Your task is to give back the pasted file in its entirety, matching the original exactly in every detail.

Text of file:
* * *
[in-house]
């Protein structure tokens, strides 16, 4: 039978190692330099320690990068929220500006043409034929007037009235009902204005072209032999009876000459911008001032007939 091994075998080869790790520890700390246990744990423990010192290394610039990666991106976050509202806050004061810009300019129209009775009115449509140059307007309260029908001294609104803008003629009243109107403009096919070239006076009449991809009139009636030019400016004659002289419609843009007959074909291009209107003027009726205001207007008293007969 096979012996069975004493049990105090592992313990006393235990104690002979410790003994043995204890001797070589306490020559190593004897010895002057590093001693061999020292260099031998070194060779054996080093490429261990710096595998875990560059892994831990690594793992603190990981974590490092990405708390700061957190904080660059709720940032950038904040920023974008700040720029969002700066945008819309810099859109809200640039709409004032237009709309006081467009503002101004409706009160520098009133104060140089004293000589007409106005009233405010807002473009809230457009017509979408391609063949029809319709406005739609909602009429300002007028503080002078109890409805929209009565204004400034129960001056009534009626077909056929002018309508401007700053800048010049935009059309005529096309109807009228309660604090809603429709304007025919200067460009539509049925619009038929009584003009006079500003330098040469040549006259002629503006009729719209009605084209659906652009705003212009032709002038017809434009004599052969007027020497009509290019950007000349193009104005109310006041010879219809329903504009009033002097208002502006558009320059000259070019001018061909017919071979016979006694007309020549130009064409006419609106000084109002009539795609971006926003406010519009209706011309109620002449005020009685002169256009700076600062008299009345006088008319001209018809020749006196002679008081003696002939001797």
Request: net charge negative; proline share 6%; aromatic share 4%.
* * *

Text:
[in-house]
């Protein structure tokens, strides 16, 4: 039978190692330099320690990068929220500006043409034929007037009235009902204005072209032999009876000459911008001032007939 091994075998080869790790520890700390246990744990423990010192290394610039990666991106976050509202806050004061810009300019129209009775009115449509140059307007309260029908001294609104803008003629009243109107403009096919070239006076009449991809009139009636030019400016004659002289419609843009007959074909291009209107003027009726205001207007008293007969 096979012996069975004493049990105090592992313990006393235990104690002979410790003994043995204890001797070589306490020559190593004897010895002057590093001693061999020292260099031998070194060779054996080093490429261990710096595998875990560059892994831990690594793992603190990981974590490092990405708390700061957190904080660059709720940032950038904040920023974008700040720029969002700066945008819309810099859109809200640039709409004032237009709309006081467009503002101004409706009160520098009133104060140089004293000589007409106005009233405010807002473009809230457009017509979408391609063949029809319709406005739609909602009429300002007028503080002078109890409805929209009565204004400034129960001056009534009626077909056929002018309508401007700053800048010049935009059309005529096309109807009228309660604090809603429709304007025919200067460009539509049925619009038929009584003009006079500003330098040469040549006259002629503006009729719209009605084209659906652009705003212009032709002038017809434009004599052969007027020497009509290019950007000349193009104005109310006041010879219809329903504009009033002097208002502006558009320059000259070019001018061909017919071979016979006694007309020549130009064409006419609106000084109002009539795609971006926003406010519009209706011309109620002449005020009685002169256009700076600062008299009345006088008319001209018809020749006196002679008081003696002939001797």
Request: net charge negative; proline share 6%; aromatic share 4%.